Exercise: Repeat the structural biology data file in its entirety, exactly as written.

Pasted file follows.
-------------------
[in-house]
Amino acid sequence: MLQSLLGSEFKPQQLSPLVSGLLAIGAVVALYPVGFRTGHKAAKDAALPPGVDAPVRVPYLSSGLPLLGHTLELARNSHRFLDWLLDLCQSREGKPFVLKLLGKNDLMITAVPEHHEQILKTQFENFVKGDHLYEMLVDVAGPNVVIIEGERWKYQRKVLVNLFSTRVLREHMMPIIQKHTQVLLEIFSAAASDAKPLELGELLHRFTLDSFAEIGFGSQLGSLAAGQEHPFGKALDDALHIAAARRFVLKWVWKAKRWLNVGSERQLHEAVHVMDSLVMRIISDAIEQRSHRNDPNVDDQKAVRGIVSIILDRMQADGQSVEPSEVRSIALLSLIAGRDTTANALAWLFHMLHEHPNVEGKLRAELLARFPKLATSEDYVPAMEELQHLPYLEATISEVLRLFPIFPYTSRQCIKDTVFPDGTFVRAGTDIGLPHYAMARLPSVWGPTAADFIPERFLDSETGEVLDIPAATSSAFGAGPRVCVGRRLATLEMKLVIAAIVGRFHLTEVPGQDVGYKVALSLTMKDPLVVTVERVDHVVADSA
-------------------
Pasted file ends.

[in-house]
Amino acid sequence: MLQSLLGSEFKPQQLSPLVSGLLAIGAVVALYPVGFRTGHKAAKDAALPPGVDAPVRVPYLSSGLPLLGHTLELARNSHRFLDWLLDLCQSREGKPFVLKLLGKNDLMITAVPEHHEQILKTQFENFVKGDHLYEMLVDVAGPNVVIIEGERWKYQRKVLVNLFSTRVLREHMMPIIQKHTQVLLEIFSAAASDAKPLELGELLHRFTLDSFAEIGFGSQLGSLAAGQEHPFGKALDDALHIAAARRFVLKWVWKAKRWLNVGSERQLHEAVHVMDSLVMRIISDAIEQRSHRNDPNVDDQKAVRGIVSIILDRMQADGQSVEPSEVRSIALLSLIAGRDTTANALAWLFHMLHEHPNVEGKLRAELLARFPKLATSEDYVPAMEELQHLPYLEATISEVLRLFPIFPYTSRQCIKDTVFPDGTFVRAGTDIGLPHYAMARLPSVWGPTAADFIPERFLDSETGEVLDIPAATSSAFGAGPRVCVGRRLATLEMKLVIAAIVGRFHLTEVPGQDVGYKVALSLTMKDPLVVTVERVDHVVADSA